Physicists at the University of Bonn have managed to create optical hollows and more complex patterns into which the light of a Bose-Einstein condensate flows. The creation of such highly low-loss structures for light is a prerequisite for complex light circuits, such as for quantum information processing for a new generation of computers. The researchers are now presenting their results in the journal Nature Photonics.

Light particles (photons) occur as tiny, indivisible portions. Many thousands of these light portions can be merged to form a single super-photon if they are...

Im Focus: Circular RNA linked to brain function

For the first time, scientists have shown that circular RNA is linked to brain function. When a RNA molecule called Cdr1as was deleted from the genome of mice, the animals had problems filtering out unnecessary information – like patients suffering from neuropsychiatric disorders.

While hundreds of circular RNAs (circRNAs) are abundant in mammalian brains, one big question has remained unanswered: What are they actually good for? In the...

Im Focus: RAVAN CubeSat measures Earth's outgoing energy

An experimental small satellite has successfully collected and delivered data on a key measurement for predicting changes in Earth's climate.

The Radiometer Assessment using Vertically Aligned Nanotubes (RAVAN) CubeSat was launched into low-Earth orbit on Nov. 11, 2016, in order to test new...

Im Focus: Scientists shine new light on the “other high temperature superconductor”

A study led by scientists of the Max Planck Institute for the Structure and Dynamics of Matter (MPSD) at the Center for Free-Electron Laser Science in Hamburg presents evidence of the coexistence of superconductivity and “charge-density-waves” in compounds of the poorly-studied family of bismuthates. This observation opens up new perspectives for a deeper understanding of the phenomenon of high-temperature superconductivity, a topic which is at the core of condensed matter research since more than 30 years. The paper by Nicoletti et al has been published in the PNAS.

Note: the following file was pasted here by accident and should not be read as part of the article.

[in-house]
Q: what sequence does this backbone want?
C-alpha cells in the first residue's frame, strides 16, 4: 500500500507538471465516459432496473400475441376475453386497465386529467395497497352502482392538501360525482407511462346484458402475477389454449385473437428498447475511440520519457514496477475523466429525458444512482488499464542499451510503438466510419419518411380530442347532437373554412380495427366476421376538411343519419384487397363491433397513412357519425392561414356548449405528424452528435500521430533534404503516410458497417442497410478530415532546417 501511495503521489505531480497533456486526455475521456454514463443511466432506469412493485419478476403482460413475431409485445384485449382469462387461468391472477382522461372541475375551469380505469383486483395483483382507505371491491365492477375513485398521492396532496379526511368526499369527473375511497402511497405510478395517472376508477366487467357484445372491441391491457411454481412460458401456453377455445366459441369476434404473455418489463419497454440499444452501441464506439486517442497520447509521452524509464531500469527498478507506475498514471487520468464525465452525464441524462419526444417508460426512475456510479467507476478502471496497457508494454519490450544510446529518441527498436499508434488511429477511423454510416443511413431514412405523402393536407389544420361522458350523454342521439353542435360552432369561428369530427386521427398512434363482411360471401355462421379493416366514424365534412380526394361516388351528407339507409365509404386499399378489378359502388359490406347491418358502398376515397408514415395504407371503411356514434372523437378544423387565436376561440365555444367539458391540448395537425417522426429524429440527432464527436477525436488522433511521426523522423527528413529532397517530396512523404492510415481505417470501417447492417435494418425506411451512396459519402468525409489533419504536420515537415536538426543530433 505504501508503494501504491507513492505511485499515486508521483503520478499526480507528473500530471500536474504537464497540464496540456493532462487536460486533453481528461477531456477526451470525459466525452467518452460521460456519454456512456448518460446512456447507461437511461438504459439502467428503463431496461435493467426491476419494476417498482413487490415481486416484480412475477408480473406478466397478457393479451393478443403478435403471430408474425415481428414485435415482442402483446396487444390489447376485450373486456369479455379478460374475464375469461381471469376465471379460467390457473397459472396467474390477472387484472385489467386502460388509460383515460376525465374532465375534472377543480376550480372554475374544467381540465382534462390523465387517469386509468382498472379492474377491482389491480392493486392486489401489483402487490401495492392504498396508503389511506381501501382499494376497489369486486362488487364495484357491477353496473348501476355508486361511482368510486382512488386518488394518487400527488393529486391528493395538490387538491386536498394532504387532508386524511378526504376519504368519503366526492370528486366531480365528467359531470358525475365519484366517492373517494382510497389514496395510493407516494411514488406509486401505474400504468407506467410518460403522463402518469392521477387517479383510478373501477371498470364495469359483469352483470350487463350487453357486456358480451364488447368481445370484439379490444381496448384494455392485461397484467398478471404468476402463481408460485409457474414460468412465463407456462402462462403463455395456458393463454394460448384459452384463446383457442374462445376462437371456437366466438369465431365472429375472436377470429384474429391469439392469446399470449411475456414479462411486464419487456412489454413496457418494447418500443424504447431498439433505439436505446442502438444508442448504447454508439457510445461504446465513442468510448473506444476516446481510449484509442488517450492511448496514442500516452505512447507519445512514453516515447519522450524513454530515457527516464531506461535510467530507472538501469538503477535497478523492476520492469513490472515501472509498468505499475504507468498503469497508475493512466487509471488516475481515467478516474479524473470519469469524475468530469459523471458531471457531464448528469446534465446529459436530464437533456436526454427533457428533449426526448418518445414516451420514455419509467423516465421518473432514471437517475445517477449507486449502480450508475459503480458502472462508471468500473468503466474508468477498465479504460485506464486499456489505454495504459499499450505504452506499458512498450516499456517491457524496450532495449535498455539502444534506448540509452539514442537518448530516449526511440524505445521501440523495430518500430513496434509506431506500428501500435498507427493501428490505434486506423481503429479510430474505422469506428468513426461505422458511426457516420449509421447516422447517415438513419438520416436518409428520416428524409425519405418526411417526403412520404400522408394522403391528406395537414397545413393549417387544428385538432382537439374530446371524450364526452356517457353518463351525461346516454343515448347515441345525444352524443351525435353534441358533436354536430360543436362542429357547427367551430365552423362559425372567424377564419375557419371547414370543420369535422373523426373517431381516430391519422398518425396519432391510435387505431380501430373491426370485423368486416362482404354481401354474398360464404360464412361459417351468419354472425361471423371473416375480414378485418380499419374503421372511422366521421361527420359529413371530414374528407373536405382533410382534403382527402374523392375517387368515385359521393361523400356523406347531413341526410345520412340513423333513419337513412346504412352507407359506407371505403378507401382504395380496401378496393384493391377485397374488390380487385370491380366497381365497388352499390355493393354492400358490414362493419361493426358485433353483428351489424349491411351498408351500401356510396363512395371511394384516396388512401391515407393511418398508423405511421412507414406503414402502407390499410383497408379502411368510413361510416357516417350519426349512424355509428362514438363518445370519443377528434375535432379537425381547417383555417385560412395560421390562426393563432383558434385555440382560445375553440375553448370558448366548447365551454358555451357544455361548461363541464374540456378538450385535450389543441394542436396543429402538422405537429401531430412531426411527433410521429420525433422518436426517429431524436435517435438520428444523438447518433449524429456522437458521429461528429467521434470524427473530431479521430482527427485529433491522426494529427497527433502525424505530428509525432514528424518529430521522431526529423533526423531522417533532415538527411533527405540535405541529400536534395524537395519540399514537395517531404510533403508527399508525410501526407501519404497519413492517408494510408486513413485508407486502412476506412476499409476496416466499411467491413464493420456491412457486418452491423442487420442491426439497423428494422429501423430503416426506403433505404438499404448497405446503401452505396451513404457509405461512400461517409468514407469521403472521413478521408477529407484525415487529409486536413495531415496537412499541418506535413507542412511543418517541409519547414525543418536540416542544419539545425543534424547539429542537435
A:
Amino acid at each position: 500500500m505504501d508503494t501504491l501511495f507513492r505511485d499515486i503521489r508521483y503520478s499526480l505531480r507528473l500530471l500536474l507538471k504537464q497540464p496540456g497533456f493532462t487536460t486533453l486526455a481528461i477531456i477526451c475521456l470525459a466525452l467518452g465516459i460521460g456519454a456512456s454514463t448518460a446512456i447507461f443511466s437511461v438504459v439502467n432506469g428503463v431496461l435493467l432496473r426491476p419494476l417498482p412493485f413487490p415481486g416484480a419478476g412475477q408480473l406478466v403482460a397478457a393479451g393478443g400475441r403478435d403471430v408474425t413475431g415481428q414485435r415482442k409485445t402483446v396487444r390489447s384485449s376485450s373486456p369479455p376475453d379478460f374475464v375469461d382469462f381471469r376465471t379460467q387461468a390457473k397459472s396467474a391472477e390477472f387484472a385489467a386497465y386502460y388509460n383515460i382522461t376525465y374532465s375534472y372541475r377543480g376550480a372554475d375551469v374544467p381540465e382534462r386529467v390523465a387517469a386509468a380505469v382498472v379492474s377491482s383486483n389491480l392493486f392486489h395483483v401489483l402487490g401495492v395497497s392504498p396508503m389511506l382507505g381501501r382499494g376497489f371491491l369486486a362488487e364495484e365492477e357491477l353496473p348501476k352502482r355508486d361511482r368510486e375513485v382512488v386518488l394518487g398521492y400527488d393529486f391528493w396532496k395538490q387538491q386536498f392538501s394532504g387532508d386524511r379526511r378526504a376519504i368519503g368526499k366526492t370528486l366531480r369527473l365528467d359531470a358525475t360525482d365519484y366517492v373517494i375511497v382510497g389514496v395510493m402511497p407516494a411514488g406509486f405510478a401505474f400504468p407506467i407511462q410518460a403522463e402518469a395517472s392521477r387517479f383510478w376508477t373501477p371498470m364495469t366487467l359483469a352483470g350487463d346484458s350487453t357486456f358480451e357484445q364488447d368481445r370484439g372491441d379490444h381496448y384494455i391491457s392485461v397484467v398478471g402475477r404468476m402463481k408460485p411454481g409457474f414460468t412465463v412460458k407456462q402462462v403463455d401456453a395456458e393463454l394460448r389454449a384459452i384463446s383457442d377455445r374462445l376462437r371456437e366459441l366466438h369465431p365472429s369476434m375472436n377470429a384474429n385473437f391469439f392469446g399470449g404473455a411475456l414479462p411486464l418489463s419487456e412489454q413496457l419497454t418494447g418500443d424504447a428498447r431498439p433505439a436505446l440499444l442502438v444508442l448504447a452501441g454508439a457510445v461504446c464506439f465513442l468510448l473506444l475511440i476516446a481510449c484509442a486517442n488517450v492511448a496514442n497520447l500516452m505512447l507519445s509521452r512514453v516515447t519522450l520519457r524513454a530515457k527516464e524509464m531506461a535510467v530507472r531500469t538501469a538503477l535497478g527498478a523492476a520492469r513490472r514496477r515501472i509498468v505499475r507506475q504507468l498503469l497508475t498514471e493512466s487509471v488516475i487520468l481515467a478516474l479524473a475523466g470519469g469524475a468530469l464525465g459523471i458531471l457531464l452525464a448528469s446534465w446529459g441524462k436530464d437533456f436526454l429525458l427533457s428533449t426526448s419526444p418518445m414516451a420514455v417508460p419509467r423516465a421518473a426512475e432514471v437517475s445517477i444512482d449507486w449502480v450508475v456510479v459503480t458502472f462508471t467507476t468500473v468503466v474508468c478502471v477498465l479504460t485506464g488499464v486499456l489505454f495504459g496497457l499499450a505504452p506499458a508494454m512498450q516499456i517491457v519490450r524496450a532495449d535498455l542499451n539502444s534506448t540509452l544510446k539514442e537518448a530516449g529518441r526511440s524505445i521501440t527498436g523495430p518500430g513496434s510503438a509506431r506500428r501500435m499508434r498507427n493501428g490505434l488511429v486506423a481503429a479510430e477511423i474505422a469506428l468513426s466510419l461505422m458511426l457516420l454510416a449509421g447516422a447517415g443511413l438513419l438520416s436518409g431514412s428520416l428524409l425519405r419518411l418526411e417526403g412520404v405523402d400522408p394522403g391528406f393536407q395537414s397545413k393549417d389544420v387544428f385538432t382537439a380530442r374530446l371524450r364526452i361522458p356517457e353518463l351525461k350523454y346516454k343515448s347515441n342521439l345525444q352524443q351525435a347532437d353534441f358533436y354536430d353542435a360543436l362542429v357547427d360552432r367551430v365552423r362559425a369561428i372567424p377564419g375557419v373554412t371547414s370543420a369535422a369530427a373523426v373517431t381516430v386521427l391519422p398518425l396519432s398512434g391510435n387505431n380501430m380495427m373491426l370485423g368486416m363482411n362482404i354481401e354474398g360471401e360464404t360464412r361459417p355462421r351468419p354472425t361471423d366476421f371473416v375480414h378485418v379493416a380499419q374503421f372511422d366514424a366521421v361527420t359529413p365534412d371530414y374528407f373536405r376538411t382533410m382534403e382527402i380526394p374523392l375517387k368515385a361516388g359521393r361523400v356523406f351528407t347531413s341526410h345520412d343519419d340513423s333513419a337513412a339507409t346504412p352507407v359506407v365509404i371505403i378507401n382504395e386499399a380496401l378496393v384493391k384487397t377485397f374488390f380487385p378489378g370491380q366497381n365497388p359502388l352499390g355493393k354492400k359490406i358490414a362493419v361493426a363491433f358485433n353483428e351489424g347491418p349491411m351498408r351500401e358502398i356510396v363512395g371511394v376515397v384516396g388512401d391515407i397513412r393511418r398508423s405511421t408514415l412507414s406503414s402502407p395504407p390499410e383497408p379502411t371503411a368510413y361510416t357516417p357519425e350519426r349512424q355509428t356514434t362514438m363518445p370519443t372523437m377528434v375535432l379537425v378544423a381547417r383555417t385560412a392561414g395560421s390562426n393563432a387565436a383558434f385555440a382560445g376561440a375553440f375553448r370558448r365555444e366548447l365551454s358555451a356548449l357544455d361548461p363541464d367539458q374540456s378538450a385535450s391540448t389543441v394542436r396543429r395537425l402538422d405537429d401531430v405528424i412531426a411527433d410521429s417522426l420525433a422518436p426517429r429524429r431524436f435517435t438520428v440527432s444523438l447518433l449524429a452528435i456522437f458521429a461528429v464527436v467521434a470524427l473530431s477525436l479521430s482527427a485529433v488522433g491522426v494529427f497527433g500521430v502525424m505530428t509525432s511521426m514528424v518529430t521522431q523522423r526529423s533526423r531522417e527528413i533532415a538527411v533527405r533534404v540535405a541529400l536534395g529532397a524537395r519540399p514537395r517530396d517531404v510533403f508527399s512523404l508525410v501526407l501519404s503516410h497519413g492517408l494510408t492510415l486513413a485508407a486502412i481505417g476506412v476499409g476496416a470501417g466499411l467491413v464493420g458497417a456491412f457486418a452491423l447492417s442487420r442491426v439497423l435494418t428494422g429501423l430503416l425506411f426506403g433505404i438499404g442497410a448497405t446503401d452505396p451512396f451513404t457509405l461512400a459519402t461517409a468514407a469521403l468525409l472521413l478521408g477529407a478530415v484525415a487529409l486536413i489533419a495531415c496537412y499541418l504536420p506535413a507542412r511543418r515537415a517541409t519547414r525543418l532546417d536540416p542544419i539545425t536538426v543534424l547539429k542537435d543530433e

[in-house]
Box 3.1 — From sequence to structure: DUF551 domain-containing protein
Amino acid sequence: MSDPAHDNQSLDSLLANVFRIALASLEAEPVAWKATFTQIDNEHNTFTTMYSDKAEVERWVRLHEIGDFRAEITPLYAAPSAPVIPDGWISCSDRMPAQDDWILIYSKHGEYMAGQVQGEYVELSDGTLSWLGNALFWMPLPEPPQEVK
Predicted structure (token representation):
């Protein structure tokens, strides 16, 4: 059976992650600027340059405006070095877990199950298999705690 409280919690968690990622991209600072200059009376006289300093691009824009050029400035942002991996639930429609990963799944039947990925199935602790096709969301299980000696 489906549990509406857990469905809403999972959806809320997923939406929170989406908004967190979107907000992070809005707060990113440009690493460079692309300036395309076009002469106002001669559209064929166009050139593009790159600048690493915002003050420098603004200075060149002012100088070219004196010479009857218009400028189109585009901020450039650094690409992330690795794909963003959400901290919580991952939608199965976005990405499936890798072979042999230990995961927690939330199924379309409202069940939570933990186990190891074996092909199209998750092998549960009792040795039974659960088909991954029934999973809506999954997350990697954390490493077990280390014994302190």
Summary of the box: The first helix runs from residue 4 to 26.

Since the beginning of the 20th century, superconductivity had been observed in some metals at temperatures only a few degrees above the absolute zero (minus...

All Focus news of the innovation-report >>>

Anzeige

Anzeige

Event News

Call for Papers – ICNFT 2018, 5th International Conference on New Forming Technology

16.08.2017 | Event News

Sustainability is the business model of tomorrow

04.08.2017 | Event News

Clash of Realities 2017: Registration now open. International Conference at TH Köln

26.07.2017 | Event News

 
Latest News

On the way to developing a new active ingredient against chronic infections

21.08.2017 | Life Sciences

Smart Computers

21.08.2017 | Information Technology

A Map of the Cell’s Power Station

18.08.2017 | Life Sciences

VideoLinks
B2B-VideoLinks
More VideoLinks >>>